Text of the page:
Two-thirds of the time, an investigation ends after FINRA staff members look at the Form U5 because they learn there was “nothing nefarious going on, according to the FINRA executive. Also, of the 25,000 matters brought to FINRA’s attention each year, he said, about 8,000 move forward to the next stage of the investigation.

About three-fourths of the 8,000 or so matters are investigated through the National Cause Program, where FINRA will take a “deeper dive” into them, sometimes letting a FINRA expert in a certain matter help, he explained.

Some of the cases move on to a full investigation in which FINRA looks through records and seeks to interview people including brokers and clients, Price said, noting that generally is a “multi-month process” that is “going to be a bigger lift for us and for the firm” involved.

Ten percent or less of the matters are referred to FINRA Enforcement because of how serious they are, he added. Issues that are studied before FINRA moves on to that stage include whether a firm has made a one-time error or keeps making the same one, he said.

“Our goal, of course, is to protect investors,” he explained. “Our goal is not to sit in the weeds and wait to play gotcha on firms,” so it prefers to act quickly to solve a problem early than to “wait until they work their way through the enforcement process.” That is why FINRA recently created an early issue identification team, he said.

“We really do give things a lot of thought” and generally there is a consensus as a team after discussing a matter, the FINRA executive went on to say, adding: “We’re not looking to crush a firm with requests.” FINRA just wants to reach a point where it understands what happened and can “make an intelligent decision.”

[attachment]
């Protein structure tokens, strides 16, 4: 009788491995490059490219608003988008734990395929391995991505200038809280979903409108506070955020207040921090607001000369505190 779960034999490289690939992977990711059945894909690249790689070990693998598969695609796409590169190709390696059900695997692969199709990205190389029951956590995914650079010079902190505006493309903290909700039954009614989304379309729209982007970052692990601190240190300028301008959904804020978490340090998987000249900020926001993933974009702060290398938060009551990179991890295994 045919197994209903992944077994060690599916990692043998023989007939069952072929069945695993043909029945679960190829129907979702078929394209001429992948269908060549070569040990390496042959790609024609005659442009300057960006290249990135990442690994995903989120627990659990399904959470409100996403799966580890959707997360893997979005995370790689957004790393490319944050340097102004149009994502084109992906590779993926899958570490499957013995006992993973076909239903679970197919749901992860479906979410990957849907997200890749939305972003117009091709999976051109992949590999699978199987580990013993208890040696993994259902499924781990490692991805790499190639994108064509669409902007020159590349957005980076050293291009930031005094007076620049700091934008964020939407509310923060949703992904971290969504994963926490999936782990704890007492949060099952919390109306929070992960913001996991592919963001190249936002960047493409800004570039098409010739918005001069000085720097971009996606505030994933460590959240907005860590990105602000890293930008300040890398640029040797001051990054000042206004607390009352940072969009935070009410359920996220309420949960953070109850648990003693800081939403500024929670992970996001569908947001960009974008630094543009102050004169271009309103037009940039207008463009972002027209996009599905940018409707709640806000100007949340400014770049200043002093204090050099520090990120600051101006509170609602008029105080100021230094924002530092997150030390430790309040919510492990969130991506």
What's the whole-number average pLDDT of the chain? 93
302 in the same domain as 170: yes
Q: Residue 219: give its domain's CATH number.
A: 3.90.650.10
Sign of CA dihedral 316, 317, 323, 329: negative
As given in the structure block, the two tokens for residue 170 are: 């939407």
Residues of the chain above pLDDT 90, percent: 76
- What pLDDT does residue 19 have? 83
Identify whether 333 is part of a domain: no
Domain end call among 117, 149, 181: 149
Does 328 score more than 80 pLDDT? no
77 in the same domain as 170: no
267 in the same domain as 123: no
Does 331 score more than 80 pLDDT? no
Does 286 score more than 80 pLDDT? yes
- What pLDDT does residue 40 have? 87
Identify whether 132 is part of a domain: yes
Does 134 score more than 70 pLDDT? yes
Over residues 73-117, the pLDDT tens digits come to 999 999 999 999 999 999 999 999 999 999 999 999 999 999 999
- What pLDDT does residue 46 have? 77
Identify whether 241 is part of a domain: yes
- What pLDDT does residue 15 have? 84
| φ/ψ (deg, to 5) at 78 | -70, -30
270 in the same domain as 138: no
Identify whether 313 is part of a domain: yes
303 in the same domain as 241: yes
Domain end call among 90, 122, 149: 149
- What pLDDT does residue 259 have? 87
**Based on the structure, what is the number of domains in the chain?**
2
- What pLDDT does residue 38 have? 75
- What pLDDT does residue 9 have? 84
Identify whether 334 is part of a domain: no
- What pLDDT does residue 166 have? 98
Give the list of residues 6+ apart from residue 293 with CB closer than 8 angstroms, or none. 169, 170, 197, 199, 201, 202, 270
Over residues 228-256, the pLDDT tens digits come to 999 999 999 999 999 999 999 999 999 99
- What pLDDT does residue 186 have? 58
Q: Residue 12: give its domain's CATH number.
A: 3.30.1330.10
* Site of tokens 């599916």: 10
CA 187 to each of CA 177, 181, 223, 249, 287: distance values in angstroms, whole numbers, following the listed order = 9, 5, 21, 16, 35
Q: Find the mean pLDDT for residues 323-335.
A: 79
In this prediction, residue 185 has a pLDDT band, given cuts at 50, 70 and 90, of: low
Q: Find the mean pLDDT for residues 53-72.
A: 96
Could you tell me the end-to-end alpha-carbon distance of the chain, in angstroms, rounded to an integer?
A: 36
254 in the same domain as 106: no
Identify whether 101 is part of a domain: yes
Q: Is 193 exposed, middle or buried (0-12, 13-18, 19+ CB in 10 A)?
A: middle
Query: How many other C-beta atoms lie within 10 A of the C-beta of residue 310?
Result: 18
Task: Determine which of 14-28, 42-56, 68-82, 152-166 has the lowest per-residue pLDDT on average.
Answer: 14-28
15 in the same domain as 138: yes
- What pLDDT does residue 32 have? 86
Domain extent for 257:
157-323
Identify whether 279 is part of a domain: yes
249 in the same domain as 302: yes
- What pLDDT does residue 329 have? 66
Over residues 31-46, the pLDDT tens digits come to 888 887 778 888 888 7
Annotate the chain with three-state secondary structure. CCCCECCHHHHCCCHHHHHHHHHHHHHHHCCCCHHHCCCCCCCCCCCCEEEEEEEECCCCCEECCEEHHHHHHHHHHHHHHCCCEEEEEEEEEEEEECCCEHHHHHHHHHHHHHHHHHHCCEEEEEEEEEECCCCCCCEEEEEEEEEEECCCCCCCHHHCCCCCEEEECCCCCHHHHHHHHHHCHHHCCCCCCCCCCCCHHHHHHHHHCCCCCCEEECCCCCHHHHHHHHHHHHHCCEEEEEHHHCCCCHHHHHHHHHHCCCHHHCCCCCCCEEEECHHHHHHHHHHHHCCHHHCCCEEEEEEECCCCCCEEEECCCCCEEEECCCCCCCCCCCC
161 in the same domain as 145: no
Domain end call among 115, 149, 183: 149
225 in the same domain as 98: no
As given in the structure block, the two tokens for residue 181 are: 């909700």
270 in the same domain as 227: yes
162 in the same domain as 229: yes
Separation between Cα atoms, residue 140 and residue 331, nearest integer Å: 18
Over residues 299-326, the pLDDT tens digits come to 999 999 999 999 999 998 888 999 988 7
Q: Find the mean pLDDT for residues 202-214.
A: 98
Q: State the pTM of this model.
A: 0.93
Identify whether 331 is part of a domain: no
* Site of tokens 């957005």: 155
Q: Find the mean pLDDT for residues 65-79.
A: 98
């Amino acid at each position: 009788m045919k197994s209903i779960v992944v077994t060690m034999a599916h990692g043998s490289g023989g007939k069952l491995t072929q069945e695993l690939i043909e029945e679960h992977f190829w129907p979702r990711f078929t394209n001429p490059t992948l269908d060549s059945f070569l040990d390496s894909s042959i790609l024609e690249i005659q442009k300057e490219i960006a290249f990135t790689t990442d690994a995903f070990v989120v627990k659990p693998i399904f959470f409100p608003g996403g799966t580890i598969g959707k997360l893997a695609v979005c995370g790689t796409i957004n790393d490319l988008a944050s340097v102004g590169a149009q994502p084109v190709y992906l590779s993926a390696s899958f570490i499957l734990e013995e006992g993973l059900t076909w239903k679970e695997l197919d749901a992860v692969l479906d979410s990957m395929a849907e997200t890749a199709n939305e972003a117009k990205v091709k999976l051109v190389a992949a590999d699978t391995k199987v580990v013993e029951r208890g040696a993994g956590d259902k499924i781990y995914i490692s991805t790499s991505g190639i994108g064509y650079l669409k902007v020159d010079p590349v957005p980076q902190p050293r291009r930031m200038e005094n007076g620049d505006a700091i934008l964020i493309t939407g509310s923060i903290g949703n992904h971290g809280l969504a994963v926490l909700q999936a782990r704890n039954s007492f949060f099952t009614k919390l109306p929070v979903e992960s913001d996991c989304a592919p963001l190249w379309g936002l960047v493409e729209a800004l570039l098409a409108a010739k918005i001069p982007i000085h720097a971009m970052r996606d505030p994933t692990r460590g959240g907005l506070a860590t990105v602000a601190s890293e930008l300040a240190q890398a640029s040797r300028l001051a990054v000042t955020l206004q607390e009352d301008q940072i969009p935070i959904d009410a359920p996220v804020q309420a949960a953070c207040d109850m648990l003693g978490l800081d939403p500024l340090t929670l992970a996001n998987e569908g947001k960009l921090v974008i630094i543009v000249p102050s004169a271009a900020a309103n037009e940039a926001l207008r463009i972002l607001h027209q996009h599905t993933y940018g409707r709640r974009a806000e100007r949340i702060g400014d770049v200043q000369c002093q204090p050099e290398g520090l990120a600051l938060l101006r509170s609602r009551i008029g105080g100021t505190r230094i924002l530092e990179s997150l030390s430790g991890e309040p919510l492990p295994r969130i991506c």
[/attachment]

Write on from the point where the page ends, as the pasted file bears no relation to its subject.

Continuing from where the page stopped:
Most of the industry is doing the right thing, he said.

FINRA, meanwhile, is developing tools and using technology more, and Price predicted that artificial intelligence will help it to become “a lot more efficient” in identifying violations two years from now.

Disciplinary Actions

FINRA Enforcement “brings about 700 to 800 disciplinary actions a year,” according to Christopher Kelly, senior vice president and deputy head of enforcement. That may sound like a lot, but FINRA’s examination program takes in more than 25,000 matters a year, he noted.

FINRA is “no longer handcuffed” to keep investigations within regions based on geography because everything can be done virtually now and the best people to handle each case can be picked for any investigation across the U.S., Kelly said, noting that “makes us a lot more efficient” now.

FINRA relies on its ability to take testimony because it does not have subpoena power like a government agency, he pointed out.

In 2020, FINRA took more than 700 on-the-record testimonies, down from the usual 800 to 900 because of the pandemic, Kelly said.

An enforcement action is also “only one tool in FINRA’s toolbox, and sometimes it’s not the right tool,” he explained. FINRA can provide guidance to the industry in other ways besides enforcement, including public announcements, he noted.

About 95% or more of FINRA enforcement cases are settled via a letter of acceptance, waiver and consent agreement with no hearing, and there are typically less than 20 hearings a year, Kelly pointed out.